League sees decline in number of players
By Bill Tamburrino
Players from Ramona PONY baseball league are competing in the double elimination tournaments that began last week.
Ramona hosted the sectional tournaments with 11 Pinto teams, five Mustang 9U teams, 11 Mustang teams, five Bronco 11U teams, nine Bronco teams, five PONY 13U teams and seven PONY leagues participating. The tournaments will continue until July 2. At press time, all Ramona teams were still playing.
Winners of the sectional tournaments continue to the next level’s tourney. All tournaments are double elimination. The national and international champs are crowned in August.
The Ramona Sports Association is the governing body of PONY baseball in Ramona. PONY is an acronym for Protect Our Nation’s Youth.
Ramona PONY baseball has five divisions: Shetland (or tee ball), which is age 6 and under; Pinto, ages 7 and 8; Mustang, ages 9 and 10; Bronco, ages 11 and 12; and Pony, ages 13 and 14. Ramona formerly fielded Colt teams for ages 15 and 16.
In some tournaments divisions are divided into two separate teams. Mustang, Bronco and Pony have 9U, 10U, 11U, 12U, 13U and 14U tournaments. U stands for “under” so a 13-year-old could play on a 14U team. Ramona RSA fields 35 teams and has 420 boys playing during its spring league which runs from March to May. It fields slightly less teams during the winter league which runs from September to November.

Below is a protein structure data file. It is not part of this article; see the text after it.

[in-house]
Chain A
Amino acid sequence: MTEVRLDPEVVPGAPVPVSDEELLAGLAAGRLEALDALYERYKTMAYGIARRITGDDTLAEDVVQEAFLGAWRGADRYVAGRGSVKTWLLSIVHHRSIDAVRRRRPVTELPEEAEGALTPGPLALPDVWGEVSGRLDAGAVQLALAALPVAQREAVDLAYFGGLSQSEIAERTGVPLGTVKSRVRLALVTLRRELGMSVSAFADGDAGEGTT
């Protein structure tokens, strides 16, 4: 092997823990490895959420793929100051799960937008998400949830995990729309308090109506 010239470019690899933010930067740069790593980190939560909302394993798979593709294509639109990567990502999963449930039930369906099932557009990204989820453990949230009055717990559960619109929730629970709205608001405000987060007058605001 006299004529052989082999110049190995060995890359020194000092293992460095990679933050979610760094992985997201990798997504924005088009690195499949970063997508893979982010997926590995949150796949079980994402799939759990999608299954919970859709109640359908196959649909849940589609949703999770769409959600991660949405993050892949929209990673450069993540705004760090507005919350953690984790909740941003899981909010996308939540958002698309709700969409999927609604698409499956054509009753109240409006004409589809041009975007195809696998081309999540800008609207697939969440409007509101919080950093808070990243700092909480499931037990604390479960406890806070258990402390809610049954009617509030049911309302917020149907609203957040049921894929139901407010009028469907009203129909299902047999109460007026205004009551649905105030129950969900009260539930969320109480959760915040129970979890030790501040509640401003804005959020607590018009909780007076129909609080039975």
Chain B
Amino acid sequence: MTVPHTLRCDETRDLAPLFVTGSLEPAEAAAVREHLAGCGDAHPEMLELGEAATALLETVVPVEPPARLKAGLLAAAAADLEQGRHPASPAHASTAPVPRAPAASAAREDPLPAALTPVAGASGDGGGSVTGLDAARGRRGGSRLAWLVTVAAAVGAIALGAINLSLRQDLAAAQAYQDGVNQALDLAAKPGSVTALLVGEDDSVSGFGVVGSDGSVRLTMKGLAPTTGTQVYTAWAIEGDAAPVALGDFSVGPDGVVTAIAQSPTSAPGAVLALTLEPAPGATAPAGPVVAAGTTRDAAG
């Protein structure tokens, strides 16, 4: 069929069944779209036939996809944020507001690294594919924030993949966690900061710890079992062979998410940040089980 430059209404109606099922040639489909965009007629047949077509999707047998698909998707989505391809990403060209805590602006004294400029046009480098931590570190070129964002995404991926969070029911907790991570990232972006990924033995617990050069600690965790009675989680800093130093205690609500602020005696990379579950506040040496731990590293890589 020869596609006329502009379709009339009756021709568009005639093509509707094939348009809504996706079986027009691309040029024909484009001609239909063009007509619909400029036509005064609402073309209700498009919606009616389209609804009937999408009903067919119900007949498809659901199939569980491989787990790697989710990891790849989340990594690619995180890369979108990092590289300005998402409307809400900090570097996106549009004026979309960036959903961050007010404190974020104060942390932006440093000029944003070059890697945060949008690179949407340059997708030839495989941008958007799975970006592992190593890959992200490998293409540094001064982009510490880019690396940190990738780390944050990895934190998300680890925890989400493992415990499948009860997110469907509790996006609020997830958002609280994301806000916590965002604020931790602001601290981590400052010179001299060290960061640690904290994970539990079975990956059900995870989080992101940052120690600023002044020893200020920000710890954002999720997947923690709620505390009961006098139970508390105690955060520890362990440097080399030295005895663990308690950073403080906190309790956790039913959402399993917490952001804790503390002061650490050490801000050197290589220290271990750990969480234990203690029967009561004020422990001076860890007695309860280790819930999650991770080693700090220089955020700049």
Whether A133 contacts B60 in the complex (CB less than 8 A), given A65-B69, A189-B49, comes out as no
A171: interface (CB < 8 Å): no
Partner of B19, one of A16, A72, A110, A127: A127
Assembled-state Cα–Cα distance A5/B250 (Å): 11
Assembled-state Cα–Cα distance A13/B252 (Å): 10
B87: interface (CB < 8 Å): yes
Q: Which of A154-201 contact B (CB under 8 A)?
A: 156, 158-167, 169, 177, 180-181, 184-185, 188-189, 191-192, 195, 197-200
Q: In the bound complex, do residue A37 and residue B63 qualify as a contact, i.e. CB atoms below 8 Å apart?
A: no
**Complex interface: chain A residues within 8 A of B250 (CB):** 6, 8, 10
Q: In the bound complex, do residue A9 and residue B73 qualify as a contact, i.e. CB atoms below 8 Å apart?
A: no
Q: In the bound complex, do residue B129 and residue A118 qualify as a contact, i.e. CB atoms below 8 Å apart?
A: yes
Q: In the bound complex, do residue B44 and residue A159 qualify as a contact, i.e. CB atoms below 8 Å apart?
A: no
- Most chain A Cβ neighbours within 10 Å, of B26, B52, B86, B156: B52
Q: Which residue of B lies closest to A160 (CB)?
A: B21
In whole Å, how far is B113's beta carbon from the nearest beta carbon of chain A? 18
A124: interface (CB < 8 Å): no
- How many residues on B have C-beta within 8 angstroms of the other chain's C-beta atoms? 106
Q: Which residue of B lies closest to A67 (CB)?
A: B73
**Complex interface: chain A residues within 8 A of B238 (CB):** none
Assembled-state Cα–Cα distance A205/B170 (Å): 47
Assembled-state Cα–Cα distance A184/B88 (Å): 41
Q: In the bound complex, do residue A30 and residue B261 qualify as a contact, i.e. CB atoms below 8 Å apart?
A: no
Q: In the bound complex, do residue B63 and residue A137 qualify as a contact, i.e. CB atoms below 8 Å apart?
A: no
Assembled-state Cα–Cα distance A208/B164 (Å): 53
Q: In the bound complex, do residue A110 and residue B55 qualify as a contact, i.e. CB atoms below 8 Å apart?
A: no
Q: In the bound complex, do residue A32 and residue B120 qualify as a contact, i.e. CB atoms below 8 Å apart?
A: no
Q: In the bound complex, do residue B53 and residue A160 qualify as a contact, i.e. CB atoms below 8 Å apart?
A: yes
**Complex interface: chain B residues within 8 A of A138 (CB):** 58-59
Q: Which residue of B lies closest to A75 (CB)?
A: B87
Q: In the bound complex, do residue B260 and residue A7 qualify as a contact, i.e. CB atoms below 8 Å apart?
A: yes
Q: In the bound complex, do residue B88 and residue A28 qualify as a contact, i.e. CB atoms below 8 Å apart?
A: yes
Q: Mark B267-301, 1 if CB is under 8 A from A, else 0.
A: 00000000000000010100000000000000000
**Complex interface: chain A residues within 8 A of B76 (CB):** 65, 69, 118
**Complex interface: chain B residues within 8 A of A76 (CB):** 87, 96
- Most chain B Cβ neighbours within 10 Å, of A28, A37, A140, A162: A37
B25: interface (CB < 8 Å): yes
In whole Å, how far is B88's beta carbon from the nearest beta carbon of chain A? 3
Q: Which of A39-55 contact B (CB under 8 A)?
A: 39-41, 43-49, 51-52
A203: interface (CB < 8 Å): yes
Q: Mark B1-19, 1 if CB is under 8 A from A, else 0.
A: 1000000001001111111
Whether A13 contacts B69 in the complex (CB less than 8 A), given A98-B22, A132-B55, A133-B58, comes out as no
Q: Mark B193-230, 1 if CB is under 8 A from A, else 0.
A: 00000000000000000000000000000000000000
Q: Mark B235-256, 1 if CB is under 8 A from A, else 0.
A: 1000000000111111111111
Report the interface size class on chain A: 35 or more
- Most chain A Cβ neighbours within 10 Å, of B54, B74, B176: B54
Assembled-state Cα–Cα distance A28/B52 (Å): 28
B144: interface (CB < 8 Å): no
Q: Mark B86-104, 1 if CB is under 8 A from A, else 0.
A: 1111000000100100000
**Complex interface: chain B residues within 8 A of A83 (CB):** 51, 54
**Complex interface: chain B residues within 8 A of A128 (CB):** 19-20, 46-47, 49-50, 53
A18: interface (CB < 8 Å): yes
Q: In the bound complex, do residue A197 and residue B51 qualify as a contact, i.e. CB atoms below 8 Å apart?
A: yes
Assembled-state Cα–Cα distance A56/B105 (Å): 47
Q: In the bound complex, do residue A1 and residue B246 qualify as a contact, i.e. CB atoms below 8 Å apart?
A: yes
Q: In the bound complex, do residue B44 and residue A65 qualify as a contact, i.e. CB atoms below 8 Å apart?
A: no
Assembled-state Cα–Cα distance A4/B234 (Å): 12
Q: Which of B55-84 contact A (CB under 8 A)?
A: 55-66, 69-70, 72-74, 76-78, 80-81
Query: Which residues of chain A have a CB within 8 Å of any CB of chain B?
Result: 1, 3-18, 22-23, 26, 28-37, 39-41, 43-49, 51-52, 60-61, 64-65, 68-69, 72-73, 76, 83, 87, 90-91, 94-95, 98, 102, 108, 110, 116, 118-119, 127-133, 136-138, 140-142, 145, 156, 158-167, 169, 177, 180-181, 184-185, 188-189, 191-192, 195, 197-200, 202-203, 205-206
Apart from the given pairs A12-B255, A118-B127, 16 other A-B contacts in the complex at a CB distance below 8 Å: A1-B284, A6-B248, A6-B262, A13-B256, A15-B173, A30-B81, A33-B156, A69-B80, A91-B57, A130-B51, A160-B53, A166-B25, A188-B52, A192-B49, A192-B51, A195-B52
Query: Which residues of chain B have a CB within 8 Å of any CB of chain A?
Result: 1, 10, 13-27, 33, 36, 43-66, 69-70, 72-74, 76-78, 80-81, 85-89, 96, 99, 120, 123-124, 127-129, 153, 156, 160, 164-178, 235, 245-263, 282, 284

The cost to participate is about $190 for spring league and that includes a full uniform that the player keeps. The cost for winter ball is $95. Families with more than one boy playing get a $10 discount per extra ballplayer. The league finds a way to sponsor boys who can’t afford to play.
After the spring season, the divisions select tournament teams. Tournament season begins with the annual Memorial Day Tournament in Ramona, followed by the national and international tournaments.
The numbers are down in Ramona and in every other league. Board members and league coaches attribute it to declining school enrollment, the economy, and travel ball, which takes athletes from recreational leagues in most sports. A growing trend among young athletes to play just one sport year-round is also hurting the numbers.